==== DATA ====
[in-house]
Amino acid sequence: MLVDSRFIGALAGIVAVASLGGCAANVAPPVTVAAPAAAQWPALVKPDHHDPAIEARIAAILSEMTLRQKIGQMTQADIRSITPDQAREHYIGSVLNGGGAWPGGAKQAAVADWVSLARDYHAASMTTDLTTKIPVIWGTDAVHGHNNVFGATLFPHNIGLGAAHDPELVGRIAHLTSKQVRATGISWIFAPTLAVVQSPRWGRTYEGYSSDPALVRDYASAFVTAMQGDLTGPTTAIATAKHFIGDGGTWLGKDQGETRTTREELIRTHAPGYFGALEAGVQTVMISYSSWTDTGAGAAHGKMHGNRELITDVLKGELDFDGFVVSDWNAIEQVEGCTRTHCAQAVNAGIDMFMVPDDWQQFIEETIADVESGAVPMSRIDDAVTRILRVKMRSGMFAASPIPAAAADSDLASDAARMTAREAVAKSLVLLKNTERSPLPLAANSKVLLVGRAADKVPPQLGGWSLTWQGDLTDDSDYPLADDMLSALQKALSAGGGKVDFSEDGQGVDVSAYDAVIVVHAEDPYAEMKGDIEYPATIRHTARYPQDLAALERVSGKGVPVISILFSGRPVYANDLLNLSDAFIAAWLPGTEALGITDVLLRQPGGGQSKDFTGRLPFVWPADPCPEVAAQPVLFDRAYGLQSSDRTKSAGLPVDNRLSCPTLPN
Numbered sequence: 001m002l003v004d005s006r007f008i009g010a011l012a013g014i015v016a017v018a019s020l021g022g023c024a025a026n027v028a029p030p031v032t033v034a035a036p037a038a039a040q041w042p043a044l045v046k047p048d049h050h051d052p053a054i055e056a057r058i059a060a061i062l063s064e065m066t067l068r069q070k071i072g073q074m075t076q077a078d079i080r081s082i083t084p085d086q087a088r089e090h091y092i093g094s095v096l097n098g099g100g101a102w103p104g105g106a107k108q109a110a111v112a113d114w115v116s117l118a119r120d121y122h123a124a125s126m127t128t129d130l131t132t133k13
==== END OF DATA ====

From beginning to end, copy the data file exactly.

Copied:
[in-house]
Amino acid sequence: MLVDSRFIGALAGIVAVASLGGCAANVAPPVTVAAPAAAQWPALVKPDHHDPAIEARIAAILSEMTLRQKIGQMTQADIRSITPDQAREHYIGSVLNGGGAWPGGAKQAAVADWVSLARDYHAASMTTDLTTKIPVIWGTDAVHGHNNVFGATLFPHNIGLGAAHDPELVGRIAHLTSKQVRATGISWIFAPTLAVVQSPRWGRTYEGYSSDPALVRDYASAFVTAMQGDLTGPTTAIATAKHFIGDGGTWLGKDQGETRTTREELIRTHAPGYFGALEAGVQTVMISYSSWTDTGAGAAHGKMHGNRELITDVLKGELDFDGFVVSDWNAIEQVEGCTRTHCAQAVNAGIDMFMVPDDWQQFIEETIADVESGAVPMSRIDDAVTRILRVKMRSGMFAASPIPAAAADSDLASDAARMTAREAVAKSLVLLKNTERSPLPLAANSKVLLVGRAADKVPPQLGGWSLTWQGDLTDDSDYPLADDMLSALQKALSAGGGKVDFSEDGQGVDVSAYDAVIVVHAEDPYAEMKGDIEYPATIRHTARYPQDLAALERVSGKGVPVISILFSGRPVYANDLLNLSDAFIAAWLPGTEALGITDVLLRQPGGGQSKDFTGRLPFVWPADPCPEVAAQPVLFDRAYGLQSSDRTKSAGLPVDNRLSCPTLPN
Numbered sequence: 001m002l003v004d005s006r007f008i009g010a011l012a013g014i015v016a017v018a019s020l021g022g023c024a025a026n027v028a029p030p031v032t033v034a035a036p037a038a039a040q041w042p043a044l045v046k047p048d049h050h051d052p053a054i055e056a057r058i059a060a061i062l063s064e065m066t067l068r069q070k071i072g073q074m075t076q077a078d079i080r081s082i083t084p085d086q087a088r089e090h091y092i093g094s095v096l097n098g099g100g101a102w103p104g105g106a107k108q109a110a111v112a113d114w115v116s117l118a119r120d121y122h123a124a125s126m127t128t129d130l131t132t133k13